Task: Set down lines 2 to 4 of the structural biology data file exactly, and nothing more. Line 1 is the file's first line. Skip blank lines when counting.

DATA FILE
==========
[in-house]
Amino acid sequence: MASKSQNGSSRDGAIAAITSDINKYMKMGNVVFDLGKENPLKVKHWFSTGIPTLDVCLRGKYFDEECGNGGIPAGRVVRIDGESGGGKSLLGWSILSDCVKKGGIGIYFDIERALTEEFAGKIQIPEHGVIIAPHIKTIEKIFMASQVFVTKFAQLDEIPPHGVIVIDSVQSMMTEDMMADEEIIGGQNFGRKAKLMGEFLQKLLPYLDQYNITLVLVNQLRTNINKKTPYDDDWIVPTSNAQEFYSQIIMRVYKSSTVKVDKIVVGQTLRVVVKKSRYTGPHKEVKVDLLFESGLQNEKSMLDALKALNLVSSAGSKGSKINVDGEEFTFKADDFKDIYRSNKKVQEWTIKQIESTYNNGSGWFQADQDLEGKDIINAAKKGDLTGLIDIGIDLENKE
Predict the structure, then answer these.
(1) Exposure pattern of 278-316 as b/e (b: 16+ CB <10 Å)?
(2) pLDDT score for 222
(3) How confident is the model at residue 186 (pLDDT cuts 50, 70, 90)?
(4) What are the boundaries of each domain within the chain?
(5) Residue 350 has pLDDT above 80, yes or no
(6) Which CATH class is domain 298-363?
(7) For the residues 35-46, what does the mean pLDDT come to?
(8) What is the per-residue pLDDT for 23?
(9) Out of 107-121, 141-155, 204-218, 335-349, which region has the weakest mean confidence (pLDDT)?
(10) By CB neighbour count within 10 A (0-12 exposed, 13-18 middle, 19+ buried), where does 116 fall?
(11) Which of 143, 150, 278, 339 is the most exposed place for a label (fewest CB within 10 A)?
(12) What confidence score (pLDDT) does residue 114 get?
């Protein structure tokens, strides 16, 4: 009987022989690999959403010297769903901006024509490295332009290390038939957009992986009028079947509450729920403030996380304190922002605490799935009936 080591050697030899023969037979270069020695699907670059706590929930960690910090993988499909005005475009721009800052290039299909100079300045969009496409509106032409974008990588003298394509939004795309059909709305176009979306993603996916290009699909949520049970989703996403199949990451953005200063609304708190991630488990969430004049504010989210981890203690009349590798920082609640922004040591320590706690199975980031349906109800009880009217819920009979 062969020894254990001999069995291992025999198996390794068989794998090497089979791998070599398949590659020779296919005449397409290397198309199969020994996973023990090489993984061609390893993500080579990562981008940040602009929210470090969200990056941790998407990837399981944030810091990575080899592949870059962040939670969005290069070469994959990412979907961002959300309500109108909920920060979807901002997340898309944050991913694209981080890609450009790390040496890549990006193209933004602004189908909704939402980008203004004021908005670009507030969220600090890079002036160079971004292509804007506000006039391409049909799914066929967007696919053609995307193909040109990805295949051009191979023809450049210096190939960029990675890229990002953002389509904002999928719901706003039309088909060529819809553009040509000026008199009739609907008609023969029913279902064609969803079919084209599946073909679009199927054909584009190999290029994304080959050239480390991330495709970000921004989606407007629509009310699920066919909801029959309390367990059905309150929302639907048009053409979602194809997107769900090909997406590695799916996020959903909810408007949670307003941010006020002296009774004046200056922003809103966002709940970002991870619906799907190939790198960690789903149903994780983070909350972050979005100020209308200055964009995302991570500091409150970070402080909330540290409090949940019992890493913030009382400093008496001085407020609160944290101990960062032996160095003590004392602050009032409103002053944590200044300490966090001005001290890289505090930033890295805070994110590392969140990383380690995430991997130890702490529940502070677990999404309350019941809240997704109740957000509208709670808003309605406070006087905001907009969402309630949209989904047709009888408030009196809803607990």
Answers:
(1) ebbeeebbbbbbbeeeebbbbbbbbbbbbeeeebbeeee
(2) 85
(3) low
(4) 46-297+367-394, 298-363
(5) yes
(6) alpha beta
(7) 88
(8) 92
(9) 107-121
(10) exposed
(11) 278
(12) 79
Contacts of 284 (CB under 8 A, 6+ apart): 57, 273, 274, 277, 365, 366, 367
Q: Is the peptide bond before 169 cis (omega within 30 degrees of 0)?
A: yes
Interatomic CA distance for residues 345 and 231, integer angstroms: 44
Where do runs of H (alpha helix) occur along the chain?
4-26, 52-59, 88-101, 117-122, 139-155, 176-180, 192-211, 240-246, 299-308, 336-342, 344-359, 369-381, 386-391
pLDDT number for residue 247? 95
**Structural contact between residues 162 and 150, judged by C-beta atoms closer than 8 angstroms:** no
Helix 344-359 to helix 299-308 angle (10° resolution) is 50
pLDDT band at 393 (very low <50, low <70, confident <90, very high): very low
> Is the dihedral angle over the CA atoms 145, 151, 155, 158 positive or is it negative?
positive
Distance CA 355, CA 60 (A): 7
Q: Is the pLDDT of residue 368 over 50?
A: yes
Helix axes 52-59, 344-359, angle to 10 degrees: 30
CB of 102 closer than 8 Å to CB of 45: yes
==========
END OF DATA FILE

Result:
Amino acid sequence: MASKSQNGSSRDGAIAAITSDINKYMKMGNVVFDLGKENPLKVKHWFSTGIPTLDVCLRGKYFDEECGNGGIPAGRVVRIDGESGGGKSLLGWSILSDCVKKGGIGIYFDIERALTEEFAGKIQIPEHGVIIAPHIKTIEKIFMASQVFVTKFAQLDEIPPHGVIVIDSVQSMMTEDMMADEEIIGGQNFGRKAKLMGEFLQKLLPYLDQYNITLVLVNQLRTNINKKTPYDDDWIVPTSNAQEFYSQIIMRVYKSSTVKVDKIVVGQTLRVVVKKSRYTGPHKEVKVDLLFESGLQNEKSMLDALKALNLVSSAGSKGSKINVDGEEFTFKADDFKDIYRSNKKVQEWTIKQIESTYNNGSGWFQADQDLEGKDIINAAKKGDLTGLIDIGIDLENKE
Predict the structure, then answer these.
(1) Exposure pattern of 278-316 as b/e (b: 16+ CB <10 Å)?